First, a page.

Grounds for optimism on the confirmation front? I’m not convinced

Some of us have been clamoring for Mitch McConnell to take special measures to break the logjam on Senate confirmation of Trump nominees for the judiciary and key sub-cabinet positions. One such measure would be to limit the number of hours nominees can be debated on the Senate floor, as the Senate agreed to do when Obama nominees were waiting their turn. Another would be to have the Senate work a full week and maybe even some weekends. A third would be to delay the August recess.

The Majority Leader seems to doubt the need for such measures. He says Democrats are being less obstructionist than before:

The cooperation has picked up some this year. The ability to confirm nominees has improved. The attitude of the Democrats seems to be better. That’s the best way to solve the problem. To get back to some degree of normalcy.

McConnell has shown himself to be an able and effective leader over the years, and I’m in no position to second-guess his assessment of the level of Democratic cooperation. Still, I wonder whether he’s being too sanguine about the ability to confirm nominees.

Currently, I believe, the Senate is confirming around four to six nominees a week. Reportedly, there is a backlog of approximately 300 nominees. I don’t see how the Senate gets from here to there this year.

I also question whether there will be a vote this year on a number of key nominees. It may well be that Democratic cooperation is limited to relatively non-controversial nominees. Controversial ones for key jobs will probably face continued obstruction and the clock might run out on some.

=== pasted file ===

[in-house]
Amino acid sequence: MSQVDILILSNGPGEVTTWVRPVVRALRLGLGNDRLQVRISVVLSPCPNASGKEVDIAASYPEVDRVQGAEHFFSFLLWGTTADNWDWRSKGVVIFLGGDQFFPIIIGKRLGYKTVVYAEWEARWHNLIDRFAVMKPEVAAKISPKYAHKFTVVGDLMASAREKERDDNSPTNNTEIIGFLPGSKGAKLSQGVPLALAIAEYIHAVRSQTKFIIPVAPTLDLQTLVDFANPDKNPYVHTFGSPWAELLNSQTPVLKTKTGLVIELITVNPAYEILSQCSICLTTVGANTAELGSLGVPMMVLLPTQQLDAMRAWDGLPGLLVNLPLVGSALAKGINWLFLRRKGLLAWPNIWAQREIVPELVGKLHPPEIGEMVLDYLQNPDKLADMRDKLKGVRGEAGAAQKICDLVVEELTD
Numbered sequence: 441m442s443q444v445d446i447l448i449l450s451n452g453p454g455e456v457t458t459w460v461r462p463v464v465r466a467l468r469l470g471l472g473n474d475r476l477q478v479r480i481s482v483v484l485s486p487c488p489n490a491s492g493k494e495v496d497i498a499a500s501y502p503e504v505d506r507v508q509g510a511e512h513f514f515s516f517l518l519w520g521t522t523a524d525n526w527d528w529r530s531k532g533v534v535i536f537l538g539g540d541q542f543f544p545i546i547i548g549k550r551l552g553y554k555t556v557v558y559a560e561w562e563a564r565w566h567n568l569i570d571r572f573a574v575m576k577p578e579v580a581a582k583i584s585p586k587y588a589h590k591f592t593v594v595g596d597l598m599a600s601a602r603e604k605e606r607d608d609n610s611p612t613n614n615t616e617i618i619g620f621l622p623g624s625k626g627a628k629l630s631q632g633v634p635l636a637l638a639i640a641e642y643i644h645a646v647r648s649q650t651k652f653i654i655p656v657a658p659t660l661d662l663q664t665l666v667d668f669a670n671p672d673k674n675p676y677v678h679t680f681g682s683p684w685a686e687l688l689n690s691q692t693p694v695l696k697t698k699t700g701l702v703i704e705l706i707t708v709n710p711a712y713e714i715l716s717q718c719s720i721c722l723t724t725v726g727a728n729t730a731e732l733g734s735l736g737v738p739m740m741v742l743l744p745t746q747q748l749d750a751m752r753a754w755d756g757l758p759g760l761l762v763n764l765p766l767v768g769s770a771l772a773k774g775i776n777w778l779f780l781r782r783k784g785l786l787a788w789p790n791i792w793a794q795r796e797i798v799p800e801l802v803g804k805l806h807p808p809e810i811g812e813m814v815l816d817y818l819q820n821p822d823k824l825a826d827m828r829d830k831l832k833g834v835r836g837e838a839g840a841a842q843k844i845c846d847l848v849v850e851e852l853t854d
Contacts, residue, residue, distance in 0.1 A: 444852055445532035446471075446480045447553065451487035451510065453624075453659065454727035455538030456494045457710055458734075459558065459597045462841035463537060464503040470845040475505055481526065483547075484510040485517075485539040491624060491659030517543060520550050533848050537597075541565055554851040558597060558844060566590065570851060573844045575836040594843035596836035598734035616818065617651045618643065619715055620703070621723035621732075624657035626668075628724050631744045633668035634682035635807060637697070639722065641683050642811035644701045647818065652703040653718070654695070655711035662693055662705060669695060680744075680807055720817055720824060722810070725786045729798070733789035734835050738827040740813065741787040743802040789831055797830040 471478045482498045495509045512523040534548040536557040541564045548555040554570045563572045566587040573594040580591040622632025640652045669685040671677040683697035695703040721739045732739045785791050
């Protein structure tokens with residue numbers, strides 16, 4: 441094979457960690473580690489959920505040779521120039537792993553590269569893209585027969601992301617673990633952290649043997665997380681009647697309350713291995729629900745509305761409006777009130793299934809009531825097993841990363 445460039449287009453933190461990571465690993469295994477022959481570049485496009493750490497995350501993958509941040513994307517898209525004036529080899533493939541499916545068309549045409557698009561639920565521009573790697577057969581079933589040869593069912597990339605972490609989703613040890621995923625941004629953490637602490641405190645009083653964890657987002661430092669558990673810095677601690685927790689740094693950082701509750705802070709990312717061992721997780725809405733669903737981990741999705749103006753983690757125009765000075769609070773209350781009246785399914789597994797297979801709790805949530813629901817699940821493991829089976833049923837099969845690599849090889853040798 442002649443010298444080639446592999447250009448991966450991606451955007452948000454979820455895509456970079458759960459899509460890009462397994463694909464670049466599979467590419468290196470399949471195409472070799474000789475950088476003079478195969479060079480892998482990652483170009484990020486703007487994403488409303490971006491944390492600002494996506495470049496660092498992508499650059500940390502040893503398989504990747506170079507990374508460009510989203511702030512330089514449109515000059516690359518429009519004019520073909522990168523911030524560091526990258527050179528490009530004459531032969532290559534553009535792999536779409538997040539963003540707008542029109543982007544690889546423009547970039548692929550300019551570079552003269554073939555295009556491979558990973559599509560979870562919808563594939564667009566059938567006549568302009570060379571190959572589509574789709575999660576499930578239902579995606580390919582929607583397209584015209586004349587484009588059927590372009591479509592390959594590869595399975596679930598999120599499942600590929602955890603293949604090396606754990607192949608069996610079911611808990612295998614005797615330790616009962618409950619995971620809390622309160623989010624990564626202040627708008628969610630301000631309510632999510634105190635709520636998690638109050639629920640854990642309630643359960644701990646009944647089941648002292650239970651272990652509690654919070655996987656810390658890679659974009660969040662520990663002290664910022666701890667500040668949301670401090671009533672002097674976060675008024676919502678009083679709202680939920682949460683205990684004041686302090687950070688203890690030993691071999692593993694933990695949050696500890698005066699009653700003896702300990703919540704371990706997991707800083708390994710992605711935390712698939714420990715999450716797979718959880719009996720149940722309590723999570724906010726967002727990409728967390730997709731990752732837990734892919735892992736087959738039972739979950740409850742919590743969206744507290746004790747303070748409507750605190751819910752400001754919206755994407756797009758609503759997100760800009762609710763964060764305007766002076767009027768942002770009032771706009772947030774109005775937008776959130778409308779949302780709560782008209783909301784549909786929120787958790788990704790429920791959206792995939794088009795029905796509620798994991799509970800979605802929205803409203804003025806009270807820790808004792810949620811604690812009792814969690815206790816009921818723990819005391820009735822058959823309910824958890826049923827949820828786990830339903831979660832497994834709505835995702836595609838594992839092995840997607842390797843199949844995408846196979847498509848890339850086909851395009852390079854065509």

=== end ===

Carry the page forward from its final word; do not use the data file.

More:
The latest batch of nominees confirmed included two court of appeals judges: Michael Scudder and Amy St. Eve, both of the Seventh Circuit. Without wanting to disparage either judge — they seem fine — I must point out that both had sign off from home state Democratic Senators Dick Durbin and Tammy Duckworth. This led to easy approval when they got a vote.

My question is whether, or to what extent, increased Democratic cooperation exists on nominees other than those with Democratic sign-off. In other words, are the Democrats still obstructing qualified nominees who have cleared the relevant committee merely because the nominees are conservatives whom Democrats would rather not see in place?

It seems to me that they are. Four top positions at the Department of Justice remain vacant even though well-qualified individuals were nominated almost a year ago and even though all four cleared committee.

Jeff Clark, nominated to head the Environmental Division, is one example. Eric Dreiband, nominated to head the Civil Rights Division, is another.

It’s unconscionable that President Trump cannot fill these positions with nominees who almost certainly would be confirmed if they could just get a vote. It’s unconscionable that they cannot get a vote. It’s not apparent that, at the rate things are moving, they will get a vote.

One or more of the special measures I listed above — a rules change, longer hours, cutting the recess — may be necessary for that purpose. If so, I hope McConnell will pull the trigger.

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